MV* and Local Storage

20 Jun 2013 | By Alex Young | Comments | Tags frameworks mv* localStorage

Most AngularJS and Backbone.js projects that I’ve worked on have persisted data to a remote API. What about those times when storing data in the browser is sufficient? Enterprising developers have added support for localStorage to some MVC frameworks, but before dropping one of these plugins or libraries into your project you need to know a little background about the API and its limitations.

Browser Support

If you’re already set on building a modern, single page web application, legacy browser support probably isn’t a huge deal. The Can I use Web Storage page shows most browsers we typically target are supported. It refers to “name/value pairs” because it’s talking about the localStorage API.

The localStorage API

If you’ve never used it before, then you can think of window.localStorage as a key/value store for strings. You can stick any JavaScript value you like in there, but a string will be returned on retrieval.

window.localStorage.setItem('age', 18);
window.localStorage.getItem('age');
// "18"

This means you should think carefully about what data you store. Aspirations of creating a browser-based Photoshop backed by localStorage isn’t architecturally sensible – it would be nice if binary data could be stored, but for now you’ll have to make do with strings.

The storage limit in most browsers is 5 MB, which probably doesn’t sound like much, but it’s actually 1000 times more than is supported by cookies.

AngularJS

There are examples of apps that use localStorage on the AngularJS blog. One that I downloaded and picked apart was FoodMe by Igor Minar. In FoodMe, Igor creates a localStorage service which basically just wraps window.localStorage so it can be loaded with dependency injection. The $scope is then watched, and a string version of a given record is dumped into localStorage using JSON.stringify:

foodMeApp.factory('customer', function($rootScope, localStorage) {
  var LOCAL_STORAGE_ID = 'fmCustomer';
  var customerString = localStorage[LOCAL_STORAGE_ID];

  var customer = customerString ? JSON.parse(customerString) : {
    name: undefined,
    address: undefined
  };

  $rootScope.$watch(function() { return customer; }, function() {
    localStorage[LOCAL_STORAGE_ID] = JSON.stringify(customer);
  }, true);

  return customer;
});

The record is loaded from localStorage, and serialised using JSON.parse and JSON.stringify. Notice that Igor has used the object-style API: localStorage.setItem(key, value) and localStorage[key] = value are equivalent.

Backbone.js

Jerome Gravel-Niquet created Backbone.localStorage (GitHub: jeromegn / Backbone.localStorage, License: MIT, bower: backbone.localStorage), which allows collections to store data with localStorage. It’s a drop-in solution – barely any configuration is required. All you need to do is add a localStorage property to your collection classes.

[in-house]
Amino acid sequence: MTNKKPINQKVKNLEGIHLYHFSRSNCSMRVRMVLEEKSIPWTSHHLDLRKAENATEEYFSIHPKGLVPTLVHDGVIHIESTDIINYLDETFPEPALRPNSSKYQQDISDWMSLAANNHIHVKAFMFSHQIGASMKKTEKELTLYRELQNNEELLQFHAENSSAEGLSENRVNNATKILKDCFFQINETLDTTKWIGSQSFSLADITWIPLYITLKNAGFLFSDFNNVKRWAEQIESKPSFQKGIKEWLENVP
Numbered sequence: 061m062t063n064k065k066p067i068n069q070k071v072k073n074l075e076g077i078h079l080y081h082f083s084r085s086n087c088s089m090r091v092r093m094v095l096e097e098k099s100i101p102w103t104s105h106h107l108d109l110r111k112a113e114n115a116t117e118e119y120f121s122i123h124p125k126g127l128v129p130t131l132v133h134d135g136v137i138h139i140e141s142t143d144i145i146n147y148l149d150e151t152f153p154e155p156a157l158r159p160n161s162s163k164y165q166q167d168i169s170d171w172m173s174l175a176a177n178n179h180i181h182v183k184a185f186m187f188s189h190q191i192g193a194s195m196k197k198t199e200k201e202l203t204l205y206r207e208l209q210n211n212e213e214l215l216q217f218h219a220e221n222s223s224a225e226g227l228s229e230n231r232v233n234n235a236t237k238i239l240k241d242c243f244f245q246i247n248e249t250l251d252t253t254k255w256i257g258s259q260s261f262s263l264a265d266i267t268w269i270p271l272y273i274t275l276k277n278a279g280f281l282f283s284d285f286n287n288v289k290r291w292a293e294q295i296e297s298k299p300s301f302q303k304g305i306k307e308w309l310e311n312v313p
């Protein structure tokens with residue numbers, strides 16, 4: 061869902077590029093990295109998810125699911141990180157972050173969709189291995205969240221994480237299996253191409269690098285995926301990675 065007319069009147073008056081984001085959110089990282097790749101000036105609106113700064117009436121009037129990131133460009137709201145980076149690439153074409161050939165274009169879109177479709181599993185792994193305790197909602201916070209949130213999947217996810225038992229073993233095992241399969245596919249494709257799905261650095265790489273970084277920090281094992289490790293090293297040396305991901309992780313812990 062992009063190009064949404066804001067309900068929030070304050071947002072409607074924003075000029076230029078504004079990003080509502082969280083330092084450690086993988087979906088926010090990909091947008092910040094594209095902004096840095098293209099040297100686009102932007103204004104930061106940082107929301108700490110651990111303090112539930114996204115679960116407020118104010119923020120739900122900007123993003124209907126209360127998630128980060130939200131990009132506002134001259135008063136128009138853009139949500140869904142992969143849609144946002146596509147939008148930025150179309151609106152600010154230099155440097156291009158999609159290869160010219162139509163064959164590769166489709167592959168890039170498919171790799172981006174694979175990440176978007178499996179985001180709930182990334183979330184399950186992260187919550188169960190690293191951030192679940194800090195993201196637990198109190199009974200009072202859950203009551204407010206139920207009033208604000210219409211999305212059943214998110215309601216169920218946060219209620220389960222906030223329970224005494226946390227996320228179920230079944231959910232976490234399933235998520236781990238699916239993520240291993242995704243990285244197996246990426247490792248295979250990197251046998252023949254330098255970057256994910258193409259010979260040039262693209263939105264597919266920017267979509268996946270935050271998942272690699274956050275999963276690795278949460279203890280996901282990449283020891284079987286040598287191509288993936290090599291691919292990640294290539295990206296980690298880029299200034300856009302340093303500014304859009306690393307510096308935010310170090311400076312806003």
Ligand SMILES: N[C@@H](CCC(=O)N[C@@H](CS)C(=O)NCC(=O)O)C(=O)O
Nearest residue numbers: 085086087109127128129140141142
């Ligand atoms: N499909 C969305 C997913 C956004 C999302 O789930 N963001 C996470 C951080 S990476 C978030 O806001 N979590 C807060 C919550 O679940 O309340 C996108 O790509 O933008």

Backbone.localStorage has tests, and the author is still updating it. GitHub currently lists 31 contributors.

Knockout

This isn’t meant to be an exhaustive review of localStorage libraries, but I thought I’d also mention Knockout. knockout.localStorage (GitHub: jimrhoskins / knockout.localStorage) by Jim Hoskins makes ko.observable and ko.observableArray objects able to persist data to localStorage. You’ll need to specify a persist property which includes the key to store the observable’s data under.

It’s not quite as well-maintained or tested as Backbone.localStorage, but it does the job. There are some open pull requests that add things like AMD support.

Events

The Web Storage specification also defines a “storage” event. It fires when data changes, but you can’t stop it unlike other DOM events. This might make a more convenient bridge to data-binding frameworks.

Sync

If you’ve made an amazing single page app that persists data to localStorage, and you’re interested in adding a server-side API so users can save and sync data, what do you do? Well, step back and redefine the problem. Since localStorage is limited in size, why not use it like a caching layer? Your application could store data locally until a server is available, which suits a lot of use-cases, including mobile deployment. This is exactly what Backbone Caching Sync by Yiorgis Gozadinos does.

Cache

Another use people have found for localStorage is caching client-side assets. One example of this is basket.js by Addy Osmani.

Bing and Google Search make extensive use of localStorage for stashing SCRIPT blocks that are used on subsequent page views. None of the other top sites from my previous post use localStorage in this way. Are Bing and Google Search onto something? Yes, definitely.

Summary

If you need to persist data, localStorage can slot into data-binding and MVC/MVVC frameworks rather nicely. There are libraries out there, but with JSON.parse and JSON.stringify it’s trivial to store data. For applications with a server, then localStorage can be used as a temporary cache, which has the added benefit of helping support devices with intermittent network access.

Node Roundup: Node 0.10.12, grunt-micro, connect-prerenderer